It takes a mere seven seconds to make a first impression. People thin-slice others based on how a person looks and sounds, more so than their explicit verbal statements. Often, someone's first impression is influenced by implicit attitudes of which they are unaware, which explains impulsive actions like giving special preference to those with physical beauty or more easily trusting a person who has a babyface. The observational powers (biases) of the observer are just as important as the qualities projected by the target, or person being judged, making these judgments a constant dance between objective information and selective signal-reading

This presentation will create awareness of our own and others first impressions and allow us consider how to make a good and lasting first impression.

CONGRESS 2023 - A modular approach to the Specialist Portfolios

A modular approach to the Specialist Portfolios

CONGRESS 2023 - Advancing Haematology Morphology Online

Promoting and supporting training and education is an integral part of the work of UK NEQAS. As such the online Digital Morphology for CPD scheme (DM) was introduced some years ago as a companion to our glass-slide blood films for morphology (BF) EQA scheme. DM has been very successful and registration currently stands at just over 4,000 participants. DM recently underwent a major change when it was moved to a new platform and is now hosted on the UK NEQAS Haematology EQATE system.

The new EQATE platform offers significant flexibility over the old and allows for the development of additional modules, for example the recently introduced Haemosiderin cytochemistry EQA. Other new modules and features are proposed with some actively under design and testing. This presentation will look at how Digital Morphology and the EQATE platform have evolved, where we are with regards to the currently available modules, some of the challenges we face and a look at some future developments.

CONGRESS 2023 - Applying sustainability principles in pathology– a reality or a pipe dream?

Sustainability is the balance between the environment, equity, and economy. It is well documented that our changing climate has severe implications for public and planetary health. As healthcare professionals, we have a responsibility to consider the way we practice and try to reduce any negative impacts of our practice.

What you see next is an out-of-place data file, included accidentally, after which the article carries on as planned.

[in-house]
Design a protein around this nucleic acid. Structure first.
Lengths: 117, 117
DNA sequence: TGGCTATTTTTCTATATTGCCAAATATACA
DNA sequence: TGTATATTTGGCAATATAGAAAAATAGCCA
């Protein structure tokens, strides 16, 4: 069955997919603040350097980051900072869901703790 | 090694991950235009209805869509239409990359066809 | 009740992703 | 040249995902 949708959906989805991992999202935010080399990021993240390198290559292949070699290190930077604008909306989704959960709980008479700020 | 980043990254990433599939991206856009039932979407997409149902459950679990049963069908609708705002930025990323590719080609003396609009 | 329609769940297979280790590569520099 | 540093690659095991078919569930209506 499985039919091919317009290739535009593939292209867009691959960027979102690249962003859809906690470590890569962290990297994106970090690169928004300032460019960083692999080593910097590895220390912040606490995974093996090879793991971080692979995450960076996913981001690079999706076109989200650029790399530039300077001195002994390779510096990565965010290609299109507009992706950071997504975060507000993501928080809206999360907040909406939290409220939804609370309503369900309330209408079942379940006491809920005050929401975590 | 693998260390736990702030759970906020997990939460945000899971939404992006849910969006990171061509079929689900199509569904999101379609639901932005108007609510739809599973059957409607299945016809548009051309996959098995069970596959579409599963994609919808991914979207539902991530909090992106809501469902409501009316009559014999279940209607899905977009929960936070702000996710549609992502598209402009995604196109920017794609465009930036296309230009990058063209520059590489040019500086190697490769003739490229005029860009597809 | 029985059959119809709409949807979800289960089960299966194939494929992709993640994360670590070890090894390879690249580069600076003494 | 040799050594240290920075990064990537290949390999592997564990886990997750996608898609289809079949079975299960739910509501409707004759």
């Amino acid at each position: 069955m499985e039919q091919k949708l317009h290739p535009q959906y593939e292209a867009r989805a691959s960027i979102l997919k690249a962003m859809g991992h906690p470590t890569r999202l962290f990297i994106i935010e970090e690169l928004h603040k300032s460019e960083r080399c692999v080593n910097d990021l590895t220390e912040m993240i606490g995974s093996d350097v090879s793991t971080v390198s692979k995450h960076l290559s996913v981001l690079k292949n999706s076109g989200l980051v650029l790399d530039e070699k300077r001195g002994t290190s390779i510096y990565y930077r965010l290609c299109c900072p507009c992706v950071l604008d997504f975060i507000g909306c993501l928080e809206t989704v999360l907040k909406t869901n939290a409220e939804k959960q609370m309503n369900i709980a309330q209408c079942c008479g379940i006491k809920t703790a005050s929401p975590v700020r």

This workshop looks at the carbon footprint of the lab and discusses what processes and practices can be adapted to reduce the carbon footprint of pathology practice. It explores the barriers to change and areas to target for improvement.

CONGRESS 2023 - Can a laboratory investigate allergic reactions to COVID vaccines?

Vaccinations to Covid 19 virus have been at the forefront of news headlines. One of the issues highlighted was the risk of adverse reactions, both allergic and non-allergic. This caused an influx of queries to Allergy services regarding patients who had suffered potential allergic reactions and posed the question, 'how can they be investigated'?

The laboratory has limited commercial assays to the components and excipients of vaccines. However, tests can potentially be modified or developed in-house to provide evidence of a potential allergy. They could also be utilised to determine if an alternative vaccination can be used. The testing strategy may need to be adapted on a case by case basis.

There is the potential that this could be used to develop a service for allergic reaction investigation for all vaccine types.